Conflict of the Orders: This was the long struggle between the patricians and plebeians in the early Roman republic. In this struggle the plebeians slowly gained political rights as they gained access to the laws, gained the right to hold consulships and religious offices, and gained the right to intermarry with patricians. 12 Tables: This was the publication of the Roman Law Code in 450 B.C. It was placed on wooden tables and for the first time allowed Plebeians to know where they stood in relation to the law. Pyrrhic War: This was the war Rome fought and won against the Greeks of southern Italy.
The balance between the two began to shake after Rome’s success over Tarentum as well as Carthage’s attempts to extend its influence over Sicily. The clash between Carthage and Rome began after a series of events at Messana, a Sicilian city that controlled the strait between Sicily and the mainland. At the time, Messana had been controlled by a group called mammetines, and had been in conflict with Syracuse, a city further south, led by the tyrant Hiero II. The mammetines asked Carthage for help, and when this was given, Hiero ended his attack. One group in Messana decided to rid the city of the Carthaginians, as they now saw Carthage as a greater threat than Syracuse.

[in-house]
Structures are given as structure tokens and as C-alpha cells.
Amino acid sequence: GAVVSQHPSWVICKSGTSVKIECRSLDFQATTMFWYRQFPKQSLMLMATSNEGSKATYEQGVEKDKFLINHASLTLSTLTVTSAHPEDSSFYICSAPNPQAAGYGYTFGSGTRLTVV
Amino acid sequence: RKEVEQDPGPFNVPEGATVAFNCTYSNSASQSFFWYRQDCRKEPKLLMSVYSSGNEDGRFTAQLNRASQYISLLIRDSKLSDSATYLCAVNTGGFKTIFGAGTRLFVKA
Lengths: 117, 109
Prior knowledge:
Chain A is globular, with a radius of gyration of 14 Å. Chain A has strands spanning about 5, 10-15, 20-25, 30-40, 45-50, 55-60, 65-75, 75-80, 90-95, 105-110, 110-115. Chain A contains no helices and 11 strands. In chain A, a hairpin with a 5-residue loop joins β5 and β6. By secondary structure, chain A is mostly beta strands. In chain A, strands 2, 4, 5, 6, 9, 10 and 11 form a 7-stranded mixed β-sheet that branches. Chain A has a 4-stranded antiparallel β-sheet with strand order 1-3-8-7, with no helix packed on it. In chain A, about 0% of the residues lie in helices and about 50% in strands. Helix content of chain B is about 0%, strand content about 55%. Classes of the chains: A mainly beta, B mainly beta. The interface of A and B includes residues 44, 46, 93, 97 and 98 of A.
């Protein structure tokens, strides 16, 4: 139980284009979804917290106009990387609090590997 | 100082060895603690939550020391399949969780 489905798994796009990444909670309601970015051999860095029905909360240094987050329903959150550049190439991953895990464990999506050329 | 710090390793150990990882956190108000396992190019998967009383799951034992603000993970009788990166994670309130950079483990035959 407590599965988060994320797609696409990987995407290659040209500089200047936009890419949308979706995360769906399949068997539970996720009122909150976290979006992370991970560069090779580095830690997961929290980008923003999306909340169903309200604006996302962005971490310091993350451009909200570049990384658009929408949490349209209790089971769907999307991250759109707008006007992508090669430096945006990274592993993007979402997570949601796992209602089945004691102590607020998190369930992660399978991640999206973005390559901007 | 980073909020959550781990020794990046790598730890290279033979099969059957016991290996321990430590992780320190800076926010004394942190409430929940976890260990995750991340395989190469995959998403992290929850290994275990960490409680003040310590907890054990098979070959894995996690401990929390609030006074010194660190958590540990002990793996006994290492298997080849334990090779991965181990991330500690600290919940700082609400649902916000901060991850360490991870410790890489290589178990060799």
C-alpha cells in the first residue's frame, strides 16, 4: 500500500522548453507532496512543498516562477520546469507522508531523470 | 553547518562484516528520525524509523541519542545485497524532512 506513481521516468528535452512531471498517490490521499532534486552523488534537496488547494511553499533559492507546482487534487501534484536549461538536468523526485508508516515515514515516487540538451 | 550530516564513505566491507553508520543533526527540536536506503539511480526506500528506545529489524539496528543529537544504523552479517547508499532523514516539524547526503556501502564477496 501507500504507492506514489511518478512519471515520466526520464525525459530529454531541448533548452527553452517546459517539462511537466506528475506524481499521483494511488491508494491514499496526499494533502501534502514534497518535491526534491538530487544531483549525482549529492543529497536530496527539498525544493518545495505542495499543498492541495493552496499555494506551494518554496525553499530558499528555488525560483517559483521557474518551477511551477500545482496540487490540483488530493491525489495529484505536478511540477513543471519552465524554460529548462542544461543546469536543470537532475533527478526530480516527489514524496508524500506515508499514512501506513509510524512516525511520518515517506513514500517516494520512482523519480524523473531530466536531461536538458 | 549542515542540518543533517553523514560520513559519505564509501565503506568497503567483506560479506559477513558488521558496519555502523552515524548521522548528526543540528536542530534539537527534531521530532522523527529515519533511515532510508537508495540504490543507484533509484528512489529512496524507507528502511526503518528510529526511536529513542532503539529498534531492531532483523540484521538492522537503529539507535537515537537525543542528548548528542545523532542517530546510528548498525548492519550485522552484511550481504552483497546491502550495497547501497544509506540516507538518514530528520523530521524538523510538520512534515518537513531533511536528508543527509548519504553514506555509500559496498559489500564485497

Those new cities were composed of Greek colonists who came from different parts of the Greek world, and not, as before, from a specific "mother city".  The main cultural centers expanded from mainland Greece to Pergamon, Rhodes, and new Greek colonies such as Seleucia, Antioch and Alexandria. This mixture of Greek-speakers gave
Assess the impact of the Hyksos invasion on the development of ear;y new kingdom society and government. The Hyksos invasion had a great impact on the development of early kingdom society and government. After the brilliance of the middle kingdom, Egypt fell into confusion its rulers murdering and replacing each other with great speed. During this time a group of foreigners moved into the delta area from Palestine. Eventually, under the leadership of ambitious chieftains or princes they seized control of the delta city of Avaris and turned into their stronghold.
This helps to reach a better understanding of why Hellenization actually occurred in Rome. As Rome was in the midst of a changing republic it looked on new ways to express ones power and wealth. They looked to the Greeks and saw the beautiful temples and structures being built by the wealthy and successful in battle, thus the romans began to use architecture as the Greeks did. Octavius was the first roman to Hellenize Rome with his porticus and therefore was the start to a new era in roman architecture. The reason the Porticus Octavia is relied on so much to describe the Hellenization is due to how similarly Octavius modeled after the Greeks.